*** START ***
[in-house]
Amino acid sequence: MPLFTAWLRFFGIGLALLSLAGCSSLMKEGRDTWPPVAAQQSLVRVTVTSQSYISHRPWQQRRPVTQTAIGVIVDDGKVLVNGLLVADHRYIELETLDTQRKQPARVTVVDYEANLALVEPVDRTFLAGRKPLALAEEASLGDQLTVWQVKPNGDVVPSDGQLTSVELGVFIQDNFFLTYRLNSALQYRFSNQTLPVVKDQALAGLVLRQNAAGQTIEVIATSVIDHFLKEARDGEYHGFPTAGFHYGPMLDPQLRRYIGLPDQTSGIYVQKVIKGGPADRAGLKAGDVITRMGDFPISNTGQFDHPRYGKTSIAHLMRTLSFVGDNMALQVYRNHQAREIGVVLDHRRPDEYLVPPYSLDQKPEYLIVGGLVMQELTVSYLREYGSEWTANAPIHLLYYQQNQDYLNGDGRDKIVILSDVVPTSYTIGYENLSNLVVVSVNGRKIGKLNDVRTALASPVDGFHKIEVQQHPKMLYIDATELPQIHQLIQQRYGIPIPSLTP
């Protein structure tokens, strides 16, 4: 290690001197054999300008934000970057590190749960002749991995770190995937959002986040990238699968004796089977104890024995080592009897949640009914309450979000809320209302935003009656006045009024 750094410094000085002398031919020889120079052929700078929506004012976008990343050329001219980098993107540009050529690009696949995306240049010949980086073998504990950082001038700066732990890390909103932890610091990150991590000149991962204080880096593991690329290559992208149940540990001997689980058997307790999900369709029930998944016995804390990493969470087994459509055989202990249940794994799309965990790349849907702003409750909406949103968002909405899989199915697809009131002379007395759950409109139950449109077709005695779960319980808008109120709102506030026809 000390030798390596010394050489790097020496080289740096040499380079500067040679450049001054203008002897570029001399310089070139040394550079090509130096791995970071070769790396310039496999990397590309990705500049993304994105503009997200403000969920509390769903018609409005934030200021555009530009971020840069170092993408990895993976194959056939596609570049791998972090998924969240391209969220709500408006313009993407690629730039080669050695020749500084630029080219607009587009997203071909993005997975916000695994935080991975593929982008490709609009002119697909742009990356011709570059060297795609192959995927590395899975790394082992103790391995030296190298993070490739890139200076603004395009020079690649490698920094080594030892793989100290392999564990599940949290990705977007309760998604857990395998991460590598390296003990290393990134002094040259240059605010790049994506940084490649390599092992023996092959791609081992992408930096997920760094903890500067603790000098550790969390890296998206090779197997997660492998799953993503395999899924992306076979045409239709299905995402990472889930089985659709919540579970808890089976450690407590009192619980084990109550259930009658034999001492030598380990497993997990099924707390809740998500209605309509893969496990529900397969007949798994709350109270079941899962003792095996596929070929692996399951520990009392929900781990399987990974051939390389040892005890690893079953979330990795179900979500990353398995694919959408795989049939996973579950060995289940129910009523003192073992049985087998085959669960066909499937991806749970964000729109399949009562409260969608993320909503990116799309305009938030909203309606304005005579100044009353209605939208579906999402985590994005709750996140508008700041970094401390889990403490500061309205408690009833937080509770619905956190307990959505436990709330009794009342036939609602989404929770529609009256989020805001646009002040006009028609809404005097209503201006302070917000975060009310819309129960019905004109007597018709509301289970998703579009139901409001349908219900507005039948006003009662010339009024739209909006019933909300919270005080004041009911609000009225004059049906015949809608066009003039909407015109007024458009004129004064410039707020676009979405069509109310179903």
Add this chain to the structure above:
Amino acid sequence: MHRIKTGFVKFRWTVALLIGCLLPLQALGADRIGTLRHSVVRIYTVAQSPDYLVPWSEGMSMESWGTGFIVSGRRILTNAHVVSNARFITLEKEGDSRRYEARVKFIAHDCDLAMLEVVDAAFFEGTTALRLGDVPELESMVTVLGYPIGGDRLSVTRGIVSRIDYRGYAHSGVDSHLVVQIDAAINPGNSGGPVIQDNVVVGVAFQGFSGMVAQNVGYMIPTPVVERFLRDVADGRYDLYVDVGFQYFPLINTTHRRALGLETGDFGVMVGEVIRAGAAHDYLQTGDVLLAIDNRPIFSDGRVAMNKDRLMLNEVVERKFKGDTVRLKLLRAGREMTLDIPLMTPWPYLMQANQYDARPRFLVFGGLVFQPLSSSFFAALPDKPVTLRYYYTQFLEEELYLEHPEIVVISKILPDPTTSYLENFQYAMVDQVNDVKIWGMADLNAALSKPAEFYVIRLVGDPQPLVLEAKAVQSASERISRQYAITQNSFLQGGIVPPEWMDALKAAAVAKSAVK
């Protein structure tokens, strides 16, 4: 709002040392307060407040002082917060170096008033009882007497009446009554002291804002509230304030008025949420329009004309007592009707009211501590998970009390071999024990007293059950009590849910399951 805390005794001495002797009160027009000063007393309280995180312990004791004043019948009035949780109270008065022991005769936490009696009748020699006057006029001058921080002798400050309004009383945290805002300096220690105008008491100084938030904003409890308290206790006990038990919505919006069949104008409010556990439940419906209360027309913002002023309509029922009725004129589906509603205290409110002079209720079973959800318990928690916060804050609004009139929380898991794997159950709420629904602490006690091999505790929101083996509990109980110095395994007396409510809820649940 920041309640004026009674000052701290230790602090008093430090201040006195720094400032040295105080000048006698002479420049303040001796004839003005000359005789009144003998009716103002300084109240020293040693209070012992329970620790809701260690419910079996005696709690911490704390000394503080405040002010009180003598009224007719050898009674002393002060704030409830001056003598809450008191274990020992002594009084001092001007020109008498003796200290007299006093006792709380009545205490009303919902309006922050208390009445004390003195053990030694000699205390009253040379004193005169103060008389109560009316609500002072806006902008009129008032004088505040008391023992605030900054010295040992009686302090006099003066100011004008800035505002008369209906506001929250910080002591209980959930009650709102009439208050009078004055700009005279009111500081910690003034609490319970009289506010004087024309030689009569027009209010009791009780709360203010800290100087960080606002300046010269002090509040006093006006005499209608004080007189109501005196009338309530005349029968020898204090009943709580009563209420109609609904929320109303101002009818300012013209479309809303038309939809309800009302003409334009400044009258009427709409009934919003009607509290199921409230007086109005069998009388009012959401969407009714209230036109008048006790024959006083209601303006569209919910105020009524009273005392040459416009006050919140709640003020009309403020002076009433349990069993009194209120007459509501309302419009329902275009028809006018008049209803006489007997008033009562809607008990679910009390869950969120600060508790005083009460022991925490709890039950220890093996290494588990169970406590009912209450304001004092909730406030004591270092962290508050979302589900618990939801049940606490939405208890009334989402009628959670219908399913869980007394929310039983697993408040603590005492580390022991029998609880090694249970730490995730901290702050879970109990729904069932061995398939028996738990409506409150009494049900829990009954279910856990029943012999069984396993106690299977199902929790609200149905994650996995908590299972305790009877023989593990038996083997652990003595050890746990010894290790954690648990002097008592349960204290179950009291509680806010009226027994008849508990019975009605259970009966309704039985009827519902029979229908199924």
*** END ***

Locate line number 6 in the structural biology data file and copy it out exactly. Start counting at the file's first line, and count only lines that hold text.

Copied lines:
């Protein structure tokens, strides 16, 4: 709002040392307060407040002082917060170096008033009882007497009446009554002291804002509230304030008025949420329009004309007592009707009211501590998970009390071999024990007293059950009590849910399951 805390005794001495002797009160027009000063007393309280995180312990004791004043019948009035949780109270008065022991005769936490009696009748020699006057006029001058921080002798400050309004009383945290805002300096220690105008008491100084938030904003409890308290206790006990038990919505919006069949104008409010556990439940419906209360027309913002002023309509029922009725004129589906509603205290409110002079209720079973959800318990928690916060804050609004009139929380898991794997159950709420629904602490006690091999505790929101083996509990109980110095395994007396409510809820649940 920041309640004026009674000052701290230790602090008093430090201040006195720094400032040295105080000048006698002479420049303040001796004839003005000359005789009144003998009716103002300084109240020293040693209070012992329970620790809701260690419910079996005696709690911490704390000394503080405040002010009180003598009224007719050898009674002393002060704030409830001056003598809450008191274990020992002594009084001092001007020109008498003796200290007299006093006792709380009545205490009303919902309006922050208390009445004390003195053990030694000699205390009253040379004193005169103060008389109560009316609500002072806006902008009129008032004088505040008391023992605030900054010295040992009686302090006099003066100011004008800035505002008369209906506001929250910080002591209980959930009650709102009439208050009078004055700009005279009111500081910690003034609490319970009289506010004087024309030689009569027009209010009791009780709360203010800290100087960080606002300046010269002090509040006093006006005499209608004080007189109501005196009338309530005349029968020898204090009943709580009563209420109609609904929320109303101002009818300012013209479309809303038309939809309800009302003409334009400044009258009427709409009934919003009607509290199921409230007086109005069998009388009012959401969407009714209230036109008048006790024959006083209601303006569209919910105020009524009273005392040459416009006050919140709640003020009309403020002076009433349990069993009194209120007459509501309302419009329902275009028809006018008049209803006489007997008033009562809607008990679910009390869950969120600060508790005083009460022991925490709890039950220890093996290494588990169970406590009912209450304001004092909730406030004591270092962290508050979302589900618990939801049940606490939405208890009334989402009628959670219908399913869980007394929310039983697993408040603590005492580390022991029998609880090694249970730490995730901290702050879970109990729904069932061995398939028996738990409506409150009494049900829990009954279910856990029943012999069984396993106690299977199902929790609200149905994650996995908590299972305790009877023989593990038996083997652990003595050890746990010894290790954690648990002097008592349960204290179950009291509680806010009226027994008849508990019975009605259970009966309704039985009827519902029979229908199924």